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Book Review Applications of Mass Spectrometry to Organic Stereochemistry. (Series Methods in Stereochemical Analysis.) Edited by J. S. Splitter and F. Turecek

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cerned with a lipid-binding protein, which
serves to illustrate and summarize the
contents of the preceding seven chapters.
Chapter 9 contains an excursion into software for displaying and manipulating
molecular models.
The text is written in a fluent style and
can be quickly understood even by nonspecialists. The few mathematical formulas included are essential for describing
the relationships involved, and the figures
are instructive and well chosen. The book
entirely fulfills its aim of providing a
bridge between molecular biologists and
biochemists on the one hand and protein
crystallographers on the other, and I
recommend it to everyone who is concerned with molecular structures. The
brevity of the text and the high standard
of presentation (“crystal clear”) make this
a very suitable book to use as an accompaniment to practical sessions or as an
introductory course in protein cryst a I logra p h y .
Wolfram Saenger
lnstitut fur Kristallographie
der Freien Universitiit Berlin (FRG)
Applications of Mass Spectrometry to
Organic Stereochemistry. (Series :
Methods in Stereochemical Analysis.) Edited by J. S . Splitter and F.
Turepek. VCH Verlagsgesellschaft,
Weinheim/VCH Publishers, New
York, 1994. 705 pp., hardcover
DM 198.00, $ 125.00.-ISBN 3-52726525-2/0-89573-303-X
Review articles on mass spectrometric
studies of stereoisomeric compounds have
appeared at irregular intervals over a period of many years, extending from Meyerson and Weitkamp (1968) through Green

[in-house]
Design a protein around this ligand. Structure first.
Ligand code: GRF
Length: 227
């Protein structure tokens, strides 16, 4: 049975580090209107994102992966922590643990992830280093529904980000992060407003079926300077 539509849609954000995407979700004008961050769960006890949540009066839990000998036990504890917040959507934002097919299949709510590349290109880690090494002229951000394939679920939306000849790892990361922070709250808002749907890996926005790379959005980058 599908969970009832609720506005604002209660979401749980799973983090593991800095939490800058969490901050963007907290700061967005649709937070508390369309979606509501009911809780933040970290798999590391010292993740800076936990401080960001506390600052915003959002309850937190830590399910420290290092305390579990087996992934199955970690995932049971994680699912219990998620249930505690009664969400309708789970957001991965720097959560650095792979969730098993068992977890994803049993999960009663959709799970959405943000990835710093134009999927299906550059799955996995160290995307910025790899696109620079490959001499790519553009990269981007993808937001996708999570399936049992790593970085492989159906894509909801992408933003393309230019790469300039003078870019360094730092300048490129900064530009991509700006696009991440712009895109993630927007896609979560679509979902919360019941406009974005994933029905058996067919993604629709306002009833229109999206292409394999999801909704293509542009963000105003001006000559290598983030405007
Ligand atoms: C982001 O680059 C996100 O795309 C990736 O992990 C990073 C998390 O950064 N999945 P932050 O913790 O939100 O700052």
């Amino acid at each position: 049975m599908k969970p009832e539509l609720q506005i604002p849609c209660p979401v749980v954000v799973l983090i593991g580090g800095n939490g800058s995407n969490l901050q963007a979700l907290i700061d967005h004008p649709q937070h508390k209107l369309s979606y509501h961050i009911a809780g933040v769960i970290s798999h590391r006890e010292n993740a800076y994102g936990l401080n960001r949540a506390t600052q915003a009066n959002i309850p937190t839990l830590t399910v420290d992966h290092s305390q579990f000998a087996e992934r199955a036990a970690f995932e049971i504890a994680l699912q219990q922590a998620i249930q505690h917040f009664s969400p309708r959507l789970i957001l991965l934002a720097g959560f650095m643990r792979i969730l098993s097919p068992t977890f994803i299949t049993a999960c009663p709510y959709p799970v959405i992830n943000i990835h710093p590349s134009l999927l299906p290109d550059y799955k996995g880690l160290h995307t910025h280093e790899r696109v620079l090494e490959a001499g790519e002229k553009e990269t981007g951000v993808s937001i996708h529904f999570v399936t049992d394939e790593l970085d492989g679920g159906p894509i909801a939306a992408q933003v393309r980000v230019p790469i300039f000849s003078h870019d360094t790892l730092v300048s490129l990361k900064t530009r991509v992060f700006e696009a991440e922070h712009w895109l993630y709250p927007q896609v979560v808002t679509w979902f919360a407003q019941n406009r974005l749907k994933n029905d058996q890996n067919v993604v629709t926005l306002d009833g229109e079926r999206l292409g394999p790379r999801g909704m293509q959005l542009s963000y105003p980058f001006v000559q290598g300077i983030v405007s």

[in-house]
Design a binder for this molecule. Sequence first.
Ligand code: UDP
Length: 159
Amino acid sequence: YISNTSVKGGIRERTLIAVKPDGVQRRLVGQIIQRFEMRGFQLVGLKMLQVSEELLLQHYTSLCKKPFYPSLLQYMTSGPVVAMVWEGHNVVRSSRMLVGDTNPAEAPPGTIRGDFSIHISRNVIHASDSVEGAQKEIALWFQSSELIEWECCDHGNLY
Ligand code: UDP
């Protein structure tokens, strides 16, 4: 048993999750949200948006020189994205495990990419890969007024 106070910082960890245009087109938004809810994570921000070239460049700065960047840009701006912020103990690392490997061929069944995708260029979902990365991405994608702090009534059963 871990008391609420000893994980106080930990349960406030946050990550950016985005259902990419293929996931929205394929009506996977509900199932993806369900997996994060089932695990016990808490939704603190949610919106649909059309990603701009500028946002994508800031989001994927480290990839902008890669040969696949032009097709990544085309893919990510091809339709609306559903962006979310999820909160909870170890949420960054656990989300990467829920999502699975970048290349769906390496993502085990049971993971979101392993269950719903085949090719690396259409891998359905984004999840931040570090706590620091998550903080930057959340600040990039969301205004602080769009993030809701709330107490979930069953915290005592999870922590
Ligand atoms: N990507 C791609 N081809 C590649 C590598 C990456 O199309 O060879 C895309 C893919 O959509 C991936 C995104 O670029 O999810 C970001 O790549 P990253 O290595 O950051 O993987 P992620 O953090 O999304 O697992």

(1976, 1978) and Mandelbaum (1977,
1983) up to Turetek (1 987). With the publication of this book we now have a comprehensive survey of the field. Twenty
well-known authors have contributed articles on 22 topics, covering published
work up to 1992. The ability to solve stereochemical problems is certainly not regarded as one of the particular strengths
of mdSS spectrometry, but despite this
there exists a surprising wealth of examples where stereochemical differences
are clearly reflected in mass spectra. This
applies even under the conditions of 70 eV
electron impact ionization, which results
in the transfer of a large amount of surplus energy, typically 2- 10 eV. The likelihood of being able to distinguish between
stereoisomers is intrinsically greater if the
conversion to the gas phase and the subsequent ionization are carried out under
conditions that minimize the excitation of
the molecules. This can be achieved by
suitable modifications to the instrumental
conditions, such as cooling the ion source,
the use of low voltage electron impact ionizaion, or substituting more gentle ionization processes such as photoionization,
electric field ionization, or chemical ionization.
A short introductory chapter on the
techniques of mass spectrometry (author:
Falik) is followed by chapters dealing
with the structures of ions and the influence of stereochemistry on the mass spectra of acyclic molecules (Splitter). Further
chapters discuss the behavior of stereoisomeric cyclic compounds (Eadon, Valente,
TureEek, Grutzmacher, Vekey, Mandelbaum, Groenewold, Gross). In these compounds the ring structure limits the number of conformers that can exist, and there
is then the possibility that this reduced
mobility may result in stereospecific rearrangements causing differences in the
mass spectra which can be interpreted.
Using model compounds as examples, the
authors describe in detail the most important types of phenomena, including enthalpy effects, “hidden” stereochemistry,
effects of conformational changes, steric